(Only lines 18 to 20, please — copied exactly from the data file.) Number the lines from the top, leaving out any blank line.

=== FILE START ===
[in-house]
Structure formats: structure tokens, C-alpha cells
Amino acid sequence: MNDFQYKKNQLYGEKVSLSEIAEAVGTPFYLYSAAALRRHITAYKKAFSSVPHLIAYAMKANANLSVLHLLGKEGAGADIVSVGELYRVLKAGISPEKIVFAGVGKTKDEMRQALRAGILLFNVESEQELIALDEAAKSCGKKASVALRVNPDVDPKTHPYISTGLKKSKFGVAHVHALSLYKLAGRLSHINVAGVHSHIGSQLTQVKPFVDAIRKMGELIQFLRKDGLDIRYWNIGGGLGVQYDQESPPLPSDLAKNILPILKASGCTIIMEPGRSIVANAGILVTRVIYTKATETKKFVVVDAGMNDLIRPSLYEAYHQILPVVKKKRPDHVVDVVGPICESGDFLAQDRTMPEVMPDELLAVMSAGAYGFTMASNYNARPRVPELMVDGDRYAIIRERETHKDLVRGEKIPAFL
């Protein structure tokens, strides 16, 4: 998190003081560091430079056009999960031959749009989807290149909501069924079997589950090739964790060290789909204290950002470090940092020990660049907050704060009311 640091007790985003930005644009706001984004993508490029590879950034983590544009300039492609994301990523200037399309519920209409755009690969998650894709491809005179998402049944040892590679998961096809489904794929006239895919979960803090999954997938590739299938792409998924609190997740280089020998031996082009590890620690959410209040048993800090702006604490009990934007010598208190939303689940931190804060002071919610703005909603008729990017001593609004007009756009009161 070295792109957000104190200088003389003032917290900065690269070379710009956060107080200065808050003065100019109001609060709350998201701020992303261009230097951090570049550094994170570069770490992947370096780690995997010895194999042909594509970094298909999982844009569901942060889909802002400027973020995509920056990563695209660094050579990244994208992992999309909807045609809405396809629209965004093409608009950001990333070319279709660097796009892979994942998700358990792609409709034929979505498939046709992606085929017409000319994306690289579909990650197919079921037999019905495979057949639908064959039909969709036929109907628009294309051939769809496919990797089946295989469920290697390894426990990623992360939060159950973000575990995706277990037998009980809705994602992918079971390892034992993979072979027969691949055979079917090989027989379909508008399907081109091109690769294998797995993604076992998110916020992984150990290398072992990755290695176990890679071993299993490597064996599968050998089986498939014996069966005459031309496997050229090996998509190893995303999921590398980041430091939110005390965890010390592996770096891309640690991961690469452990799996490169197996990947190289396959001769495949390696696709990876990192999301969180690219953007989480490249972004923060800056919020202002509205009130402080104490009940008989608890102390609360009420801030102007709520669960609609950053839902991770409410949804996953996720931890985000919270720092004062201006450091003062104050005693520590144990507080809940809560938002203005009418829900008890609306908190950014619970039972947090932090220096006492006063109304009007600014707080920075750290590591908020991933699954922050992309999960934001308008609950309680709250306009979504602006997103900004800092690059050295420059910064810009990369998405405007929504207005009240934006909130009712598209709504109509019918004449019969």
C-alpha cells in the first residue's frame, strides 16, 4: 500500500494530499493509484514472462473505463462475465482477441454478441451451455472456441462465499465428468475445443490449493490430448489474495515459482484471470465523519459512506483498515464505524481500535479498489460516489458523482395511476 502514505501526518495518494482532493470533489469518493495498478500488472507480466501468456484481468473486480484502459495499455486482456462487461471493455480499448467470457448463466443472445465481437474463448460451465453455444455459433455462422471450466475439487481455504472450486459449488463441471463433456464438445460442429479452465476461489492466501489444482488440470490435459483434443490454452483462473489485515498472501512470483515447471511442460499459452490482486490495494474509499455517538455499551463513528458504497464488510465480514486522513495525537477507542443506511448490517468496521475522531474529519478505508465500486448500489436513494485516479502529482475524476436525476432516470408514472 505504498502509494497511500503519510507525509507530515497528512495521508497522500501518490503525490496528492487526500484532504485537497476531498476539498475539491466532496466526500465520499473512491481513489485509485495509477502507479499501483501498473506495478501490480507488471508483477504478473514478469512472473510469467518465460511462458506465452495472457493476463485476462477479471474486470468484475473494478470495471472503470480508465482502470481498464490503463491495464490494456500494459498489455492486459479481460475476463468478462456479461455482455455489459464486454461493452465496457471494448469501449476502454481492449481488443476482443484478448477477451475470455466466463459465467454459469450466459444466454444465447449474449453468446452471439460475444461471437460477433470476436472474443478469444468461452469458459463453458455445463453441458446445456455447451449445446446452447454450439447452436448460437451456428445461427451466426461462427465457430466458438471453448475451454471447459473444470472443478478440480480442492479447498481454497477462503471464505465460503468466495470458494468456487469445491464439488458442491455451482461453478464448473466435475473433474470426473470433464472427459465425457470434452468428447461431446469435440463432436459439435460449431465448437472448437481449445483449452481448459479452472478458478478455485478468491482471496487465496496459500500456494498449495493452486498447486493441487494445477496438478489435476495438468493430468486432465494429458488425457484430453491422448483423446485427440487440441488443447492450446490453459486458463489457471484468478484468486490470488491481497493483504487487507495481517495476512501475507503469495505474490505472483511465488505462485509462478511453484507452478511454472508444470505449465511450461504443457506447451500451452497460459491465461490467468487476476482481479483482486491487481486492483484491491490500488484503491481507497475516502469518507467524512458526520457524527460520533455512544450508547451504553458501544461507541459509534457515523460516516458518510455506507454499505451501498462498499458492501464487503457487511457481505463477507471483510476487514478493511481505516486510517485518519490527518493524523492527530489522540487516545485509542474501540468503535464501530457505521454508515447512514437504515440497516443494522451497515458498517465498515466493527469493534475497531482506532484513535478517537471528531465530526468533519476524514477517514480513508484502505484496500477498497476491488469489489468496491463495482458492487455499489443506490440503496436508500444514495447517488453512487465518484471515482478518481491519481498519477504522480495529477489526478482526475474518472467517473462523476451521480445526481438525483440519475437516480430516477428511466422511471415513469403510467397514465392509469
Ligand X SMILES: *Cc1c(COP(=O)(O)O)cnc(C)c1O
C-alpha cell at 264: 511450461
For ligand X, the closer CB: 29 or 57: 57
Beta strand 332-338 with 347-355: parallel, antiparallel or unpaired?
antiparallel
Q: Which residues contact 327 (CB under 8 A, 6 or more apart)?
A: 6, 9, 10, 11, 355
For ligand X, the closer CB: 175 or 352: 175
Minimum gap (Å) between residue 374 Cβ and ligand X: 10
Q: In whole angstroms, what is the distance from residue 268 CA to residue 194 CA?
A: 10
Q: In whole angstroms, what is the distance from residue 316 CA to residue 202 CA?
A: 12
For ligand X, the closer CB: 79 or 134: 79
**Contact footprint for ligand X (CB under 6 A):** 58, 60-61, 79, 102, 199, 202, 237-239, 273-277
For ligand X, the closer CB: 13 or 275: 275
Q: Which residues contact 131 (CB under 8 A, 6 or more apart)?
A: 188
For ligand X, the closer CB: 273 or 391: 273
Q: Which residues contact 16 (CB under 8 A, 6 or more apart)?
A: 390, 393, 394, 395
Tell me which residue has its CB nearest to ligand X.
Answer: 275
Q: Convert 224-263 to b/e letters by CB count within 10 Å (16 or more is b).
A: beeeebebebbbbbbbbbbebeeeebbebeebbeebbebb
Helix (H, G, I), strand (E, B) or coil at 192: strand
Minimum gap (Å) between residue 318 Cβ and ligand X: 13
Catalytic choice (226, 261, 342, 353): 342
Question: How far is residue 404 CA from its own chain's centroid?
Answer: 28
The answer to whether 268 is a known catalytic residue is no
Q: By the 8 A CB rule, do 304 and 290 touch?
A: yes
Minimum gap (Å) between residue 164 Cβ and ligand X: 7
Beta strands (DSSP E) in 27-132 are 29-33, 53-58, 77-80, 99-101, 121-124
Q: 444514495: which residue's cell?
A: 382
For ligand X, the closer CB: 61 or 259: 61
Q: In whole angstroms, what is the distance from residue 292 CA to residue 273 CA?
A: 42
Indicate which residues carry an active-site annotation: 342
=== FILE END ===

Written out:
A: 12
For ligand X, the closer CB: 79 or 134: 79
**Contact footprint for ligand X (CB under 6 A):** 58, 60-61, 79, 102, 199, 202, 237-239, 273-277